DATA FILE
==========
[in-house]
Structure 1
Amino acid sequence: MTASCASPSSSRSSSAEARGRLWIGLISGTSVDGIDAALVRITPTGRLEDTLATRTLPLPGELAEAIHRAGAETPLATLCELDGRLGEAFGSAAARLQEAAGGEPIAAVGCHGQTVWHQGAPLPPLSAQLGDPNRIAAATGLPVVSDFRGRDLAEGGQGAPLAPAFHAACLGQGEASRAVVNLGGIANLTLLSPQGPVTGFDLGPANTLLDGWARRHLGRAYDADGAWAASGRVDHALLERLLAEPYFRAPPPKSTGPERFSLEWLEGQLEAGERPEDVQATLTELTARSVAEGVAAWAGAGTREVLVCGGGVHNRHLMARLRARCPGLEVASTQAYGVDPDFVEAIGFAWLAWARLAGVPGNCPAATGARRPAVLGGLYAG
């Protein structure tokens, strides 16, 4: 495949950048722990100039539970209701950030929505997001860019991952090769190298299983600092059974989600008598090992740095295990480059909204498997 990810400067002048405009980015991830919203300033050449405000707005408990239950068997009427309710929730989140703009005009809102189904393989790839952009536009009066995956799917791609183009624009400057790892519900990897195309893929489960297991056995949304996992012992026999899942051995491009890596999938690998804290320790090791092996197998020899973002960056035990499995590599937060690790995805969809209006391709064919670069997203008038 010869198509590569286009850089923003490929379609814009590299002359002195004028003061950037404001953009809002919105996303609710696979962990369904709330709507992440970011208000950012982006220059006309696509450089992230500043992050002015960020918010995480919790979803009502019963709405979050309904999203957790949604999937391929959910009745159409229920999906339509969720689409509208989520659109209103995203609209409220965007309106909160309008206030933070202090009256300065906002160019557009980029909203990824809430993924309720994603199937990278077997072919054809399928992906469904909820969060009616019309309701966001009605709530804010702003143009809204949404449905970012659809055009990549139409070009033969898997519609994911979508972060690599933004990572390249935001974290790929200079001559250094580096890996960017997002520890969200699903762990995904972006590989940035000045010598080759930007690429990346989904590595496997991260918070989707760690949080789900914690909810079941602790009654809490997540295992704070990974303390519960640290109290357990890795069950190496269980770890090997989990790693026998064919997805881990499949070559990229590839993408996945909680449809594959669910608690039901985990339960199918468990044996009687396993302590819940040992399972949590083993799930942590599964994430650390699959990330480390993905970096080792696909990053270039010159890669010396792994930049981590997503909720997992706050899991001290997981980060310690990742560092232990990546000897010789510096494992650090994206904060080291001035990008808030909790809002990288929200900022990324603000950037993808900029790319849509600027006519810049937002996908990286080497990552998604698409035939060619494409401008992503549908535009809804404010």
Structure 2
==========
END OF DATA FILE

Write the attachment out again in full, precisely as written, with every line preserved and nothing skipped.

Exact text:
[in-house]
Structure 1
Amino acid sequence: MTASCASPSSSRSSSAEARGRLWIGLISGTSVDGIDAALVRITPTGRLEDTLATRTLPLPGELAEAIHRAGAETPLATLCELDGRLGEAFGSAAARLQEAAGGEPIAAVGCHGQTVWHQGAPLPPLSAQLGDPNRIAAATGLPVVSDFRGRDLAEGGQGAPLAPAFHAACLGQGEASRAVVNLGGIANLTLLSPQGPVTGFDLGPANTLLDGWARRHLGRAYDADGAWAASGRVDHALLERLLAEPYFRAPPPKSTGPERFSLEWLEGQLEAGERPEDVQATLTELTARSVAEGVAAWAGAGTREVLVCGGGVHNRHLMARLRARCPGLEVASTQAYGVDPDFVEAIGFAWLAWARLAGVPGNCPAATGARRPAVLGGLYAG
């Protein structure tokens, strides 16, 4: 495949950048722990100039539970209701950030929505997001860019991952090769190298299983600092059974989600008598090992740095295990480059909204498997 990810400067002048405009980015991830919203300033050449405000707005408990239950068997009427309710929730989140703009005009809102189904393989790839952009536009009066995956799917791609183009624009400057790892519900990897195309893929489960297991056995949304996992012992026999899942051995491009890596999938690998804290320790090791092996197998020899973002960056035990499995590599937060690790995805969809209006391709064919670069997203008038 010869198509590569286009850089923003490929379609814009590299002359002195004028003061950037404001953009809002919105996303609710696979962990369904709330709507992440970011208000950012982006220059006309696509450089992230500043992050002015960020918010995480919790979803009502019963709405979050309904999203957790949604999937391929959910009745159409229920999906339509969720689409509208989520659109209103995203609209409220965007309106909160309008206030933070202090009256300065906002160019557009980029909203990824809430993924309720994603199937990278077997072919054809399928992906469904909820969060009616019309309701966001009605709530804010702003143009809204949404449905970012659809055009990549139409070009033969898997519609994911979508972060690599933004990572390249935001974290790929200079001559250094580096890996960017997002520890969200699903762990995904972006590989940035000045010598080759930007690429990346989904590595496997991260918070989707760690949080789900914690909810079941602790009654809490997540295992704070990974303390519960640290109290357990890795069950190496269980770890090997989990790693026998064919997805881990499949070559990229590839993408996945909680449809594959669910608690039901985990339960199918468990044996009687396993302590819940040992399972949590083993799930942590599964994430650390699959990330480390993905970096080792696909990053270039010159890669010396792994930049981590997503909720997992706050899991001290997981980060310690990742560092232990990546000897010789510096494992650090994206904060080291001035990008808030909790809002990288929200900022990324603000950037993808900029790319849509600027006519810049937002996908990286080497990552998604698409035939060619494409401008992503549908535009809804404010």
Structure 2